An international team of researchers has discovered the fossils of Xenodens Calminechari, an extinct marine reptile with “shark-like cutting teeth” that lived in modern-day Morocco millions of years ago.
The lizard-like creature was a mosasaur — a term defining a group of extinct large marine reptiles — which existed during the Maastrichtian time period, 72 million to 66 million years ago.
The group of researchers that made the discovery included academics from Morocco, France, the Netherlands, and the UK. They published a paper about the fossils on January 16 in the scientific journal “Cretaceous Research.”
The paleontologists found the remains of the extinct reptile in the Ouled Abdoun phosphate basin, west of the Middle Atlas mountains.
The extinct marine reptile’s name includes two parts: “Xenodens,” meaning “strange tooth” in Greek, and “Calminechari,” the phonetic transcription of “like a saw” in Arabic.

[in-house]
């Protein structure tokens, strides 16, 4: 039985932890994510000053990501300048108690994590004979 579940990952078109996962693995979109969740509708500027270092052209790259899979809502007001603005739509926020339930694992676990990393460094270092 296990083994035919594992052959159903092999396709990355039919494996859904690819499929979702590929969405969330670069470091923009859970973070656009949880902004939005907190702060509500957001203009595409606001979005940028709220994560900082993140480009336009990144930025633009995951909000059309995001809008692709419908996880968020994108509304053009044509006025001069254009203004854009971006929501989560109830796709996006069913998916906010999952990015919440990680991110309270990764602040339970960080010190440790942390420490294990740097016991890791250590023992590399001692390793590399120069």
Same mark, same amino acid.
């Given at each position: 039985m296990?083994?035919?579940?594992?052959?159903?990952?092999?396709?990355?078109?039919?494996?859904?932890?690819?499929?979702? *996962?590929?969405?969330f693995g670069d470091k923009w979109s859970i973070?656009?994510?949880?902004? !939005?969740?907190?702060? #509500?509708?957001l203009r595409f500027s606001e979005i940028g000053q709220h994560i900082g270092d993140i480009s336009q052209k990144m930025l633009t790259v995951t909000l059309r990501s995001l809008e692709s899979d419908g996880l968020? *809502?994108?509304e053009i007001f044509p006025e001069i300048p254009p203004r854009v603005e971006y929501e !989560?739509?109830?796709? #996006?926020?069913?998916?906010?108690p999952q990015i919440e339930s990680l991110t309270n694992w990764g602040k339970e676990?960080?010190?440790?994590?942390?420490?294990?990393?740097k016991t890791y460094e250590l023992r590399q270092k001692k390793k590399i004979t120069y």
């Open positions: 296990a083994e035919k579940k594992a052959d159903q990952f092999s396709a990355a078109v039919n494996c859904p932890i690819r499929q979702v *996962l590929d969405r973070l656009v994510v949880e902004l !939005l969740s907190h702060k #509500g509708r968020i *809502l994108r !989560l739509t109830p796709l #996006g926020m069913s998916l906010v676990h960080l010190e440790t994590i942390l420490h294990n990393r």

The use of an Arabic expression in the species’ name pays tribute to the location of the discovery and the Moroccan scientist who contributed to it—Noureddine Jalil from the Cadi Ayyad University in Marrakech.
The paleontologists believe Xenodens Calminechari’s teeth are completely unique, “unlike those of any known reptile.”
“Teeth form a unique dental battery in which short, laterally compressed and hooked teeth formed a saw-like blade […] The specialized dentition implies a previously-unknown feeding strategy, likely involving a cutting motion used to carve pieces out of large prey, or in scavenging,” the paper’s abstract explained.
Thanks to its unique teeth, the scientists believe, Xenodens Calminechari was seemingly able to tackle prey much larger than the reptile itself.
The new discovery proves once again that Morocco is a must-visit destination for paleontologists and archaeologists from all over the world.
Over the years, researchers have discovered the remains of many previously-unknown species in Morocco. In 2017, archaeologists found the oldest fossils of Homo Sapiens, dating back to 40,000 years ago, in Jebel Irhoud, near the Atlantic Coast.